While reading "The Mission of Father Maciel," Alma Guillermoprieto's no-holds-barred exposition on the scandalous life of Marcial Maciel in the latest New York Review, I came across the following sentence:
Uneducated and mendacious, Maciel nevertheless had a genius for politics, and for personal relations.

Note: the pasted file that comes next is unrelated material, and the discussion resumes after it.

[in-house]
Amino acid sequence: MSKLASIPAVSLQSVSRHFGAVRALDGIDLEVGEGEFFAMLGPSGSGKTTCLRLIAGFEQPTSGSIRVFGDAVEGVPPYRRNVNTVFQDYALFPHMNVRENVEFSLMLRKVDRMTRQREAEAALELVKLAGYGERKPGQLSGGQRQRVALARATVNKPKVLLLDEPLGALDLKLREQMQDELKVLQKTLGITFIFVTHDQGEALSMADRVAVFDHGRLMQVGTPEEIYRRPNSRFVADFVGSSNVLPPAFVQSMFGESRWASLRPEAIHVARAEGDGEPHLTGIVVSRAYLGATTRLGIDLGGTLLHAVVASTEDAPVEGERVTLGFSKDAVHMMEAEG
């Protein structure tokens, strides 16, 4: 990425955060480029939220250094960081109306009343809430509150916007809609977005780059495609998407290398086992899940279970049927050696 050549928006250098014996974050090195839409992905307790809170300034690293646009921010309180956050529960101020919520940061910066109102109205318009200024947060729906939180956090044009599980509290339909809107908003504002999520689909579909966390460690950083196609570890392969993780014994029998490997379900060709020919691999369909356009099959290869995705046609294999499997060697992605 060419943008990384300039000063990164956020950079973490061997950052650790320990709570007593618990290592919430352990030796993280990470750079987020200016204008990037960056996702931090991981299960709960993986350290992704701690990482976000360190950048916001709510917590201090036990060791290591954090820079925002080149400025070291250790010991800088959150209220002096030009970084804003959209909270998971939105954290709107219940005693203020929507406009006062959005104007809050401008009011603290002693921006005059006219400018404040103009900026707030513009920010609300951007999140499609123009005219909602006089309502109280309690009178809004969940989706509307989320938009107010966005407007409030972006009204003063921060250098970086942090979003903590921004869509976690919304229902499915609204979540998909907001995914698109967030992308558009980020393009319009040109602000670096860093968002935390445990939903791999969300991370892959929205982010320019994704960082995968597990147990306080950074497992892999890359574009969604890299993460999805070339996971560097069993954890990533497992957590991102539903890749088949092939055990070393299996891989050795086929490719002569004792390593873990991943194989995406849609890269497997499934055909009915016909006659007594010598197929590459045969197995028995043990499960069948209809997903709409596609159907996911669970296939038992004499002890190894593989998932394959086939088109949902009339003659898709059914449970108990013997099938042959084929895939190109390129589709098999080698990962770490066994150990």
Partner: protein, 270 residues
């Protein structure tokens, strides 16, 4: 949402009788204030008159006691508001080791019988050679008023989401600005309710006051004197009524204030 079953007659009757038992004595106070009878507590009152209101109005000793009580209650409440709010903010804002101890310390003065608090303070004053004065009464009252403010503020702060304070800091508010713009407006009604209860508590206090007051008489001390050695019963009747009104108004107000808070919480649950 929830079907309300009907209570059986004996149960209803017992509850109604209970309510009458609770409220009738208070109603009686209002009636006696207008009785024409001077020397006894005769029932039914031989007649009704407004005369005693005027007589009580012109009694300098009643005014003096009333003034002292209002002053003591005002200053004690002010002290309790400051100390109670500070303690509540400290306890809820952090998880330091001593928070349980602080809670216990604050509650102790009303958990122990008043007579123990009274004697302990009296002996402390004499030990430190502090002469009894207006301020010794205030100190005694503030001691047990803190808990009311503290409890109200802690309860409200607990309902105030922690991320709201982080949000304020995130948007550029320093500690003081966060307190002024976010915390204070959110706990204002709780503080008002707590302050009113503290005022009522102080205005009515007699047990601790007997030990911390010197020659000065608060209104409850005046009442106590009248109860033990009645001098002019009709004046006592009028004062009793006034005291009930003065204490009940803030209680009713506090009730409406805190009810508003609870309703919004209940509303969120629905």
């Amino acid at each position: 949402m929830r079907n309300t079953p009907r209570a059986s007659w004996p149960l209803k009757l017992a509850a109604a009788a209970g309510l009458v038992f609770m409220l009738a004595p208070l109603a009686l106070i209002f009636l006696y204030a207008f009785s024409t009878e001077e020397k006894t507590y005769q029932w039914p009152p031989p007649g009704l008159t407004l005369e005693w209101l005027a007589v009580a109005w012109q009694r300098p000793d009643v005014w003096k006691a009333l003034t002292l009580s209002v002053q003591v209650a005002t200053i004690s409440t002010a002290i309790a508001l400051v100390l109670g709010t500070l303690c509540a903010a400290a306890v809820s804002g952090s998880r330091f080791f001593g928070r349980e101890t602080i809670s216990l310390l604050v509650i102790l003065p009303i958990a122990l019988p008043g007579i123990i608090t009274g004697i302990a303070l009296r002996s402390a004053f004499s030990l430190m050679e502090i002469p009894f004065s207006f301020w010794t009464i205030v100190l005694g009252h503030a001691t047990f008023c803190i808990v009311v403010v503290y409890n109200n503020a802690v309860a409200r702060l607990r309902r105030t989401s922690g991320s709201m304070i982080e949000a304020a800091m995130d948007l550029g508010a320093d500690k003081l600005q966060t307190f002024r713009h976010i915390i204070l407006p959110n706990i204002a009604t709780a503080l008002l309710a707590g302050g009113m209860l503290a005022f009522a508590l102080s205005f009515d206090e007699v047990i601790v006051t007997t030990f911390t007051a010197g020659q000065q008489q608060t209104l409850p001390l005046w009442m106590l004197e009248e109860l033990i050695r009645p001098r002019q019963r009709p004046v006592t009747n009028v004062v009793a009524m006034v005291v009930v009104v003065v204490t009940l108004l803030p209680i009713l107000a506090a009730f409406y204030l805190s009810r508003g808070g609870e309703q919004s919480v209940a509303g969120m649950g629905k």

Given that, by this point in her text, Guillermoprieto had established those opening adjectives as thoroughly warranted, I could not help but wonder if her use of "nevertheless" was appropriate. Could that "genius" for politics and the broader domain of personal relations have been a product of his mendaciousness and lack of education? Could this be the "dark side" of Isaiah Berlin's "Political Judgement" essay (which, coincidentally, also appeared in the pages of The New York Review)? Berlin's point was, of course, far more innocuous than Maciel's behavior. He argued that the many subtleties of a rich educational background might actually "do more harm than good by interfering with other factors that might contribute to more effective judgment" (my words, not Berlin's). He overlooked the possibility that baser motives could be a dominating factor, turning to figures like Otto von Bismarck for positive models without taking more negative examples (such as, say, Joseph Stalin) into account. Had Berlin lived to read Guillermoprieto's article, what would he have concluded about the "political judgment" of Maciel?